A congress is a formal meeting of the representatives of different nations, constituent states, independent organizations (such as trade unions), or groups.

The term was chosen for the United States Congress to emphasize the status of each state represented there as a self-governing unit. Subsequent to the use of congress by the U.S. legislature, the term has been adopted by many states within unions, and by unitary nation-states in the Americas, to refer to their legislatures.

The United States of America (USA), commonly referred to as the United States (US), America, or simply the States, is a federal republic consisting of 50 states, 16 territories, a federal district, and various overseas extraterritorial jurisdictions. The 48 contiguous states and the federal district of Washington, D.C., are in central North America between Canada and Mexico. The state of Alaska is the northwestern part of North America and the state of Hawaii is an archipelago in the mid-Pacific. The country also has five populated and nine unpopulated territories in the Pacific and the Caribbean. At 3.79 million square miles (9.83 million km2) in total and with around 316 million people, the United States is the fourth-largest country by total area and third largest by population. It is one of the world's most ethnically diverse and multicultural nations, the product of large-scale immigration from many countries. The geography and climate of the United States is also extremely diverse, and it is home to a wide variety of wildlife.

Paleo-indians migrated from Asia to what is now the US mainland around 15,000 years ago, with European colonization beginning in the 16th century. The United States emerged from 13 British colonies located along the Atlantic seaboard. Disputes between Great Britain and these colonies led to the American Revolution. On July 4, 1776, delegates from the 13 colonies unanimously issued the Declaration of Independence. The ensuing war ended in 1783 with the recognition of independence of the United States from the Kingdom of Great Britain, and was the first successful war of independence against a European colonial empire. The current Constitution was adopted on September 17, 1787. The first 10 amendments, collectively named the Bill of Rights, were ratified in 1791 and guarantee many fundamental civil rights and freedoms.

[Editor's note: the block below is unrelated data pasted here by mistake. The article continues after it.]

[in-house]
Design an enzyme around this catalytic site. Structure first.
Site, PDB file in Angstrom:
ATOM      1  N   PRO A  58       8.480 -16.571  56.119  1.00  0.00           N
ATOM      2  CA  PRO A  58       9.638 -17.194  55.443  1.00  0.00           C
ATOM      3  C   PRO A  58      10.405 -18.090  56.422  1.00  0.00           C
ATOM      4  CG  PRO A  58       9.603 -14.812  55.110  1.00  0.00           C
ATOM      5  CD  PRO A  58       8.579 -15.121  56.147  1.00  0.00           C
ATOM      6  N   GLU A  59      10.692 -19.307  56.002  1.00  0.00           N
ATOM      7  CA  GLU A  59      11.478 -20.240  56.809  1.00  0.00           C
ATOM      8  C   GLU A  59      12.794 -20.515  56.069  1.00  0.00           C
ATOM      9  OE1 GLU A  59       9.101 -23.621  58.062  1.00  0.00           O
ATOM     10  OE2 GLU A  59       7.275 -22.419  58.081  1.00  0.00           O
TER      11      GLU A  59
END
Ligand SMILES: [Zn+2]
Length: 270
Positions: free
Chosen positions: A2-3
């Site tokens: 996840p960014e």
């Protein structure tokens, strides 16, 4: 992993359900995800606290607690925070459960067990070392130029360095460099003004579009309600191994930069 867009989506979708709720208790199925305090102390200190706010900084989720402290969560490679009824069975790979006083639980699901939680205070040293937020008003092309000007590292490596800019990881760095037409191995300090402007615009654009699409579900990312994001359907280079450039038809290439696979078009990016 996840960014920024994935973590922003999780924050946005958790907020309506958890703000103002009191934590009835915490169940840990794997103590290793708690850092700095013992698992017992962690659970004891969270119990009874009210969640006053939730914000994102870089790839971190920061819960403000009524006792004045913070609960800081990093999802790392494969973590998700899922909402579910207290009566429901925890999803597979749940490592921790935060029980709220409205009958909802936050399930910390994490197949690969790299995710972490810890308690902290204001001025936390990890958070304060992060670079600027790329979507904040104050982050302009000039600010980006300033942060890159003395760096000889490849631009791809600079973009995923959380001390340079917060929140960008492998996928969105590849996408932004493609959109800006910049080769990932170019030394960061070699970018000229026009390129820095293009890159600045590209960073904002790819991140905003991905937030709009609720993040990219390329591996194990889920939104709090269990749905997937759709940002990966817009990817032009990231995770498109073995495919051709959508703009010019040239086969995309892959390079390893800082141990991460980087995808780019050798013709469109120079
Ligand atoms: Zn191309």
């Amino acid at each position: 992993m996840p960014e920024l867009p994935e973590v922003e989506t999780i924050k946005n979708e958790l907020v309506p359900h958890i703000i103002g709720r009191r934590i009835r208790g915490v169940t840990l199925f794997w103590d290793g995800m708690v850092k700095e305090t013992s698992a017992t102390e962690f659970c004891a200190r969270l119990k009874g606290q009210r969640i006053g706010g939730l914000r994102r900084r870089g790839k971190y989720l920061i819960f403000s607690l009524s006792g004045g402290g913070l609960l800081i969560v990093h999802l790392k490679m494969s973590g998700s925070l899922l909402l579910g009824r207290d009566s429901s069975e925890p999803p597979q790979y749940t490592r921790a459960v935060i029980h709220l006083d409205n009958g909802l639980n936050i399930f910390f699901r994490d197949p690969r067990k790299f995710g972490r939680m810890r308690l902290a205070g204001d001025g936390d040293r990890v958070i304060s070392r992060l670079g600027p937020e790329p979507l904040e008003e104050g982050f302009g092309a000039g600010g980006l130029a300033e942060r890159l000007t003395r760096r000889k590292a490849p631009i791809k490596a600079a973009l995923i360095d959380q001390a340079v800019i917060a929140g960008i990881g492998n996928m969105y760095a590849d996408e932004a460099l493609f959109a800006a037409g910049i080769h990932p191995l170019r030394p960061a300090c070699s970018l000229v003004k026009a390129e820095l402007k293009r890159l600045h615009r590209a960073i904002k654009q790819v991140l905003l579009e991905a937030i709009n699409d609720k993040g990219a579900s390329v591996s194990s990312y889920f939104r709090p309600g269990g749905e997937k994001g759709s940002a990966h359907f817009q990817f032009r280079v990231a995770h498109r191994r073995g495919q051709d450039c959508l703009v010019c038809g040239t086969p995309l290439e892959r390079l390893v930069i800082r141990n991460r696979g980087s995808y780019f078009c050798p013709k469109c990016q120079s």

Labour or Labor may refer to:

Other:

Racism is generally defined as actions, practices, or beliefs that consider the human species to be divided into races with shared traits, abilities, or qualities, such as personality, intellect, morality, or other cultural behavioral characteristics, and especially the belief that races can be ranked as inherently superior or inferior to others, or that members of different races should be treated differently.

The exact definition of racism is controversial both because there is little scholarly agreement about the meaning of the concept "race", and because there is also little agreement about what does and does not constitute discrimination. Critics argue that the term is applied differentially, with a focus on such prejudices by whites, and defining mere observations of racial differences as racism. Some definitions would have it that any assumption that a person's behavior would be influenced by their racial categorization is racist, regardless of whether the action is intentionally harmful or pejorative. Other definitions only include consciously malignant forms of discrimination. Among the questions about how to define racism are the question of whether to include forms of discrimination that are unintentional, such as making assumptions about preferences or abilities of others based on racial stereotypes, whether to include symbolic or institutionalized forms of discrimination such as the circulation of ethnic stereotypes through the media, and whether to include the socio-political dynamics of social stratification that sometimes have a racial component. Some definitions of racism also include discriminatory behaviors and beliefs based on cultural, national, ethnic, caste, or religious stereotypes.